Here's what you need to do...
The number one mistake employers make when retrenching employees...
If you know how to avoid it, you'll save your company hundreds of thousands of rands in compensation at the CCMA... When it comes to retrenching staff legally, there's no room for error! One false step can equal your company's ruin.
Here's how to implement short-time in your business
You have to get your employees to agree
You have to get each employees consent if you want to reduce their working hours. This is because working hours are part of your employment contracts, and you can't just change this.
To get their consent, consult each employee and persuade them to agree to the new working hours. This consultation will be a meeting with employees it's going to affect. During the meeting, you need to explain why you want to implement the change. You must tell employees you're asking them for their agreement. Tell them you aren't forcing them to agree – the decision will always be theirs.
Explain you're doing this instead of retrenchments because the business is under financial pressure. If they understand your reasons, they'll probably be more likely to agree to the change.
This will work if there are only a few employees, if they're on a senior level and they understand your reasons. It won't be as easy when you have to consult with a hundred employees, at a lower level within your company. There's also the risk that employees won't agree to the change. In this case, your efforts to introduce a change may be fruitless. If this happens, follow step#2.
What to do if employees agree to the shorter working hours
If employees agree to the changes, give them an addendum to their letter of appointment or employment contract. This can be a short letter outlining the changes they agreed to. Get them to sign this addendum.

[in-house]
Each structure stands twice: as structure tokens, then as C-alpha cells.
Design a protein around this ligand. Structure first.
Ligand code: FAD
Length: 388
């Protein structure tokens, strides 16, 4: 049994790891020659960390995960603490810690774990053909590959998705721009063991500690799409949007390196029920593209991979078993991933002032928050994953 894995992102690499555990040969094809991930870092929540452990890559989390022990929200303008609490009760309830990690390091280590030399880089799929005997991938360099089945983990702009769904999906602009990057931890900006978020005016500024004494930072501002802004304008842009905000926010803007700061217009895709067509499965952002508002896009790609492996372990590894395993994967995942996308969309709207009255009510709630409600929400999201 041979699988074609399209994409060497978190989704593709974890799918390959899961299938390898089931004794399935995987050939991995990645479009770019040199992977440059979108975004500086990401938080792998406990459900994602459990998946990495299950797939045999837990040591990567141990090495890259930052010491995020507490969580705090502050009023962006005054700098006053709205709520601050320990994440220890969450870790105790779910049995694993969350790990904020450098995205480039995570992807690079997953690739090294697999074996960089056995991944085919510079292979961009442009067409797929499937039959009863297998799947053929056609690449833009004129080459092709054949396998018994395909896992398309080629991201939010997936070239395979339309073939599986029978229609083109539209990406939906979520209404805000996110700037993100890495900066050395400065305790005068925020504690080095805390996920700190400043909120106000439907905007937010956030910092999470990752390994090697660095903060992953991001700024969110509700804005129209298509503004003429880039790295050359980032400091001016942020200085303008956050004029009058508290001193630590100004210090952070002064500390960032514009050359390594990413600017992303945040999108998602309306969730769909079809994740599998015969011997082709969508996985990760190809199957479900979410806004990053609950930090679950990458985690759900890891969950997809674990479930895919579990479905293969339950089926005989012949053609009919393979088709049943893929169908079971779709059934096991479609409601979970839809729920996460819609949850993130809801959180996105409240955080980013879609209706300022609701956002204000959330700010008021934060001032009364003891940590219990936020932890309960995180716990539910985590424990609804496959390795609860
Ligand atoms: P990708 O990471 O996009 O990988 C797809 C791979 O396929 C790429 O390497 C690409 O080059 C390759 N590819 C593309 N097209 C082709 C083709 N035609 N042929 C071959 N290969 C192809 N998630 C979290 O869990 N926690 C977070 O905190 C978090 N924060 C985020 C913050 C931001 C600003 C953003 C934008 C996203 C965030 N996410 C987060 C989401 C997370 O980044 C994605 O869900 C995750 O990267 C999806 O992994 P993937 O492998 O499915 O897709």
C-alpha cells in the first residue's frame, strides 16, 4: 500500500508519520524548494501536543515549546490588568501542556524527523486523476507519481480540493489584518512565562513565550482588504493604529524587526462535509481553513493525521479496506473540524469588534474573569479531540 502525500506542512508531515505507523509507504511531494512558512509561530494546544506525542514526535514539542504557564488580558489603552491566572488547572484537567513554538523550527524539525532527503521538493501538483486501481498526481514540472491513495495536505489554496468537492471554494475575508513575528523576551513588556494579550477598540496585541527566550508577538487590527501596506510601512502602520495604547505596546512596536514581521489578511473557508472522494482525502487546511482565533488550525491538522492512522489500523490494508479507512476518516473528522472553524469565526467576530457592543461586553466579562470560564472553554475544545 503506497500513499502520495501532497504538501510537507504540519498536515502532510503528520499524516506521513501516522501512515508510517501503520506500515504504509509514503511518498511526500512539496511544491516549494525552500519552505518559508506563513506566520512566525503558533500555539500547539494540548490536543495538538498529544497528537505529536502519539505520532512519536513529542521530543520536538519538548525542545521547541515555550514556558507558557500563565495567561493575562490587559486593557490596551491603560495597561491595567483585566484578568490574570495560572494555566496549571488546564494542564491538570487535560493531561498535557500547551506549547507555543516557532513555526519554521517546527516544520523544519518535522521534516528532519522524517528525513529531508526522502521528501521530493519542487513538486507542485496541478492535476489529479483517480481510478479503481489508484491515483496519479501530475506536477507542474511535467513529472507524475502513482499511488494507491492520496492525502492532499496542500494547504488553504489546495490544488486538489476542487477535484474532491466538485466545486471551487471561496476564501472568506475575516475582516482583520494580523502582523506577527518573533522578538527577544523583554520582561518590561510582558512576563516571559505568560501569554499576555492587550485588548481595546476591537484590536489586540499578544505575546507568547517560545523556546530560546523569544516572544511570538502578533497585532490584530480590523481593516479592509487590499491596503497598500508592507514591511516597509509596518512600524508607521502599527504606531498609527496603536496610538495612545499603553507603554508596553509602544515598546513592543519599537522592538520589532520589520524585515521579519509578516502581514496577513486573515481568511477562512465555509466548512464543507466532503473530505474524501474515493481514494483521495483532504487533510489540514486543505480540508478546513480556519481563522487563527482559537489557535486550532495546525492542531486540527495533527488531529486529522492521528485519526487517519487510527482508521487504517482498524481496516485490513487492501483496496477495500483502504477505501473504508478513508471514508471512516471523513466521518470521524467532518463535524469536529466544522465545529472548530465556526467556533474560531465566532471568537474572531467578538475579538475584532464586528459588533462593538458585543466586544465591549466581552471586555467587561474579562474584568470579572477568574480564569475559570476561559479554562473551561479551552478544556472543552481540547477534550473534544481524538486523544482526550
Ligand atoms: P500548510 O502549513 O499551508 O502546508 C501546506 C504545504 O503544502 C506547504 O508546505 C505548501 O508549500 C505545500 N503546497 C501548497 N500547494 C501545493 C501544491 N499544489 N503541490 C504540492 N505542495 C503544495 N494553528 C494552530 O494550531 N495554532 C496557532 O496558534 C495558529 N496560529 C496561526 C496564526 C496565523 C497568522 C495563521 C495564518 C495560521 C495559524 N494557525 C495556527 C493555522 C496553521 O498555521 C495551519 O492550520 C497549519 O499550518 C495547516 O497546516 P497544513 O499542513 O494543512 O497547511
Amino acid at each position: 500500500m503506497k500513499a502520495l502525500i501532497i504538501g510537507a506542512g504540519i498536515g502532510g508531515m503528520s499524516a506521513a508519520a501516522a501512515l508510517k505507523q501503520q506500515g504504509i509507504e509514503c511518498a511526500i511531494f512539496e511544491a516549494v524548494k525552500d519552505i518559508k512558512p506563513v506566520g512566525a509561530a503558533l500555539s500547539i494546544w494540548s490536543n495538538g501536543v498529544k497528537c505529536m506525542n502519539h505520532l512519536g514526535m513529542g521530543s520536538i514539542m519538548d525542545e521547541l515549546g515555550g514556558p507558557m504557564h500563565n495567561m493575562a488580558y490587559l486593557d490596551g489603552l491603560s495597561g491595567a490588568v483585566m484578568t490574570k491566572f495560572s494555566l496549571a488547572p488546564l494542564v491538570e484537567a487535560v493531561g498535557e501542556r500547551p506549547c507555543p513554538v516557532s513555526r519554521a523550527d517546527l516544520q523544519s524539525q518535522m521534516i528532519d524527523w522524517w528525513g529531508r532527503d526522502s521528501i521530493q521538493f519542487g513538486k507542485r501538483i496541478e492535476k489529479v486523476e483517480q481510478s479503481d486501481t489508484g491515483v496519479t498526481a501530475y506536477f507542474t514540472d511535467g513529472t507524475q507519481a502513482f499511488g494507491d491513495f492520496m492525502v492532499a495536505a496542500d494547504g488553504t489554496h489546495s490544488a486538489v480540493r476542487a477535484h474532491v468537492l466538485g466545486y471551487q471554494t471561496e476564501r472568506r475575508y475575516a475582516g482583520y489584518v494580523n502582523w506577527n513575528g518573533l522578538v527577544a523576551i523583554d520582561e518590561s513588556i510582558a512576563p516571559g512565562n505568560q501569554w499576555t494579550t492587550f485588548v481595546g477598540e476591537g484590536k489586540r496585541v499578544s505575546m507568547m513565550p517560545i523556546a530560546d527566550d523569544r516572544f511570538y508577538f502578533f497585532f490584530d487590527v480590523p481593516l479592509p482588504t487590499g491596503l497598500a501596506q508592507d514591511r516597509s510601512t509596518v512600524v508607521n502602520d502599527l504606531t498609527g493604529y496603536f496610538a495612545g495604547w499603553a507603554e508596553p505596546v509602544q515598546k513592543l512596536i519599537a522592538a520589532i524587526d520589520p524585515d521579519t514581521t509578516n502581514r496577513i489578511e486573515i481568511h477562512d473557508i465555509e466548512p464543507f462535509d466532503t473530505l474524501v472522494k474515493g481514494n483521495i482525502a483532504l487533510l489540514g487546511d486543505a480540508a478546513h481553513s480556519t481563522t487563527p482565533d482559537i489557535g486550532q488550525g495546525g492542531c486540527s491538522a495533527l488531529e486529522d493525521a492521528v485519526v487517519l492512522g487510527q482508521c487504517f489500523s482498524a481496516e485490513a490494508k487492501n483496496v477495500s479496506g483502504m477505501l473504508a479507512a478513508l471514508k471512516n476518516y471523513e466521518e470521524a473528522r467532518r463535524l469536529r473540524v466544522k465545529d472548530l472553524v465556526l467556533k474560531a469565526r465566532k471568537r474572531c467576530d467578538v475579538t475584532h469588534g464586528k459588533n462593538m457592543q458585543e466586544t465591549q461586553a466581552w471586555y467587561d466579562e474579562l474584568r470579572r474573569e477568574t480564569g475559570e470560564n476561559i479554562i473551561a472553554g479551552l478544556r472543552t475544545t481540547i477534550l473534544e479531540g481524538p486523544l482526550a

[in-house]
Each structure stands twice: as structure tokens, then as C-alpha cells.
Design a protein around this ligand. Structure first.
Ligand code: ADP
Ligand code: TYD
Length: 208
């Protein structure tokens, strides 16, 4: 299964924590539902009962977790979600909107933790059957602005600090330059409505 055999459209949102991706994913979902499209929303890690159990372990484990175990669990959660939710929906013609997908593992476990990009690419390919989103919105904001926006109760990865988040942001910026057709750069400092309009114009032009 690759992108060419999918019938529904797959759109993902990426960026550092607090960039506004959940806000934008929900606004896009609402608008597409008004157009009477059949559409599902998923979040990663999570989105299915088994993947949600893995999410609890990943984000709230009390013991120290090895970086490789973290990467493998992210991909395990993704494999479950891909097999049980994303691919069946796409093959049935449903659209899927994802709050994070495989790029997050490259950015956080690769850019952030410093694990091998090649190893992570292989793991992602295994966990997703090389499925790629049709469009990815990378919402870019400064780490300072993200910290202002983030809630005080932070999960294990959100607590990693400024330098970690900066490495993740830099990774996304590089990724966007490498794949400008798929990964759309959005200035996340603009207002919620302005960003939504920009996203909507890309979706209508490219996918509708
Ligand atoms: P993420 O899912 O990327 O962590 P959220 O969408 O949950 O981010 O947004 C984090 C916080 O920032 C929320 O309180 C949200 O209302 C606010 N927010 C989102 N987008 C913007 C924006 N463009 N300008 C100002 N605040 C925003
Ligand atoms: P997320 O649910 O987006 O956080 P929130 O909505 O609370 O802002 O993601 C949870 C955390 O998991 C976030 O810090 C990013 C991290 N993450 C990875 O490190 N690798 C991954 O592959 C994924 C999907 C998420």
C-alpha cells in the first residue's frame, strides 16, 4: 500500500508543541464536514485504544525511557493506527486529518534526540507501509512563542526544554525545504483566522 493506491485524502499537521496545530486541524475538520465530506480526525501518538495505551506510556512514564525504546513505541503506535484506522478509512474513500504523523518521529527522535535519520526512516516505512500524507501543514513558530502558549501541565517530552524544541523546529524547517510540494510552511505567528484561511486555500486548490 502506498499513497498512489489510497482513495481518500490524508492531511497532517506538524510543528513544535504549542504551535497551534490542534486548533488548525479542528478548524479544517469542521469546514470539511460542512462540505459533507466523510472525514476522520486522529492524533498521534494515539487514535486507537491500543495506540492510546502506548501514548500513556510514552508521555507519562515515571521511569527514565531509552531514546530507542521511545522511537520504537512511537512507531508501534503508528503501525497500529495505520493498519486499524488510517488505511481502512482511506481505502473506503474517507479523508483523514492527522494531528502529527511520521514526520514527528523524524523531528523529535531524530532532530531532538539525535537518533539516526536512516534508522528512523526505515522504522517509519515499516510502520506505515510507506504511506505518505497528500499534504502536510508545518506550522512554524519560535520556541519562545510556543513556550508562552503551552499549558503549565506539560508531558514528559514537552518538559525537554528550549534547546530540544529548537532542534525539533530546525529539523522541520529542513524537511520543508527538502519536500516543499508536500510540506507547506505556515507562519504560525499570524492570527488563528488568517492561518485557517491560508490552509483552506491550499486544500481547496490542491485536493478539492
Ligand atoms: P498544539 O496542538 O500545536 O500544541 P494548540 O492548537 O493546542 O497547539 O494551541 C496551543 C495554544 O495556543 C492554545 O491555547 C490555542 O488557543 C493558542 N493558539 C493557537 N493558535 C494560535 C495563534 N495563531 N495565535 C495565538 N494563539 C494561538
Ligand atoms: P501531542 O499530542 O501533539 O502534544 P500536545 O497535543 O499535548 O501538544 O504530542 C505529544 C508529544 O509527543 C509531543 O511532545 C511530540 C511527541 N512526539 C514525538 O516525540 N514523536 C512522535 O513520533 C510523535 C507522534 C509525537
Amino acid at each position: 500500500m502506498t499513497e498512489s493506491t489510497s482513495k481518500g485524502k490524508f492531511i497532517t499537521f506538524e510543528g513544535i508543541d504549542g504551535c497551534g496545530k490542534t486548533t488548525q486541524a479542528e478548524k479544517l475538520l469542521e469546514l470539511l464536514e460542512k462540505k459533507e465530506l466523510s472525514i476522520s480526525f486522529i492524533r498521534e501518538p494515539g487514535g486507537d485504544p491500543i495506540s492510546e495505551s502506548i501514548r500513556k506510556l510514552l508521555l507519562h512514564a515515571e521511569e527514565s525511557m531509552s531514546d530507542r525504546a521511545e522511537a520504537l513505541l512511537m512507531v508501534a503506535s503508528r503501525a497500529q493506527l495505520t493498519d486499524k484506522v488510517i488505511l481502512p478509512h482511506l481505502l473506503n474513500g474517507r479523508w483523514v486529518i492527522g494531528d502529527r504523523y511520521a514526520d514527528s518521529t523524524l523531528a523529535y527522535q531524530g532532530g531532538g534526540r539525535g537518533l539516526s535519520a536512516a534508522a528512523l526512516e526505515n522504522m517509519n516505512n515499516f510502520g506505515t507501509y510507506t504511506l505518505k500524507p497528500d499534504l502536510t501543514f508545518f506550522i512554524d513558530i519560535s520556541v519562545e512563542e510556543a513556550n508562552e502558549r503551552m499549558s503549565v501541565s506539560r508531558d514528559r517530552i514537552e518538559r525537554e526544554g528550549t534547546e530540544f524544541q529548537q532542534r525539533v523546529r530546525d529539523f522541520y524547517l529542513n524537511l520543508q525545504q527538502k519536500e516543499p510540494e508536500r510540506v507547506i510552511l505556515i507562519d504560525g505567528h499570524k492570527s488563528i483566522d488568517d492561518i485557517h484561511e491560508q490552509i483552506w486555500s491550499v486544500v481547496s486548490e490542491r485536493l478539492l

If you can't get employees to agree, move on to the below...
Legally deduct money from negligent employees' salary starting today
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Engage in collective bargaining
Engaging in a collective effort with a trade union, if you have one, is an effective way to present the change in working hours. This involves meeting with the trade union and, if you're successful in the collective bargaining process, signing a collective agreement. The collective agreement will set out the changes to working hours you agree to.
You can do this instead of individual, time consuming consultations with each employee. Getting agreement is the key factor to this process, but there's no guarantee you'll reach an agreement with the trade union. They might refuse to agree. In this case, you might have to offer extra benefits to get them to agree. For example, an extra day's leave.
You'll need to work out how much the agreement is worth to you and what you can afford to give in return.
What if you don't have a representative trade union at your workplace?
If there's no trade union there can't be collective bargaining. In this case you'd have to get each and every employee's consent.
What happens if you can't strike a deal?
If you can't reach an agreement, start the retrenchment process. But if you want to implement short-time because of affordability and the economic viability of your business, and employees won't agree to it, you can start a retrenchment exercise. This'll help you reduce costs in line with your operational requirements.
You can tell employees that the offer of short-time is an alternative to retrenchments. If they won't accept this you can dismiss due to operational requirements. But only if you've followed the process of Section 189 or Section 189A of the Labour Relations Act.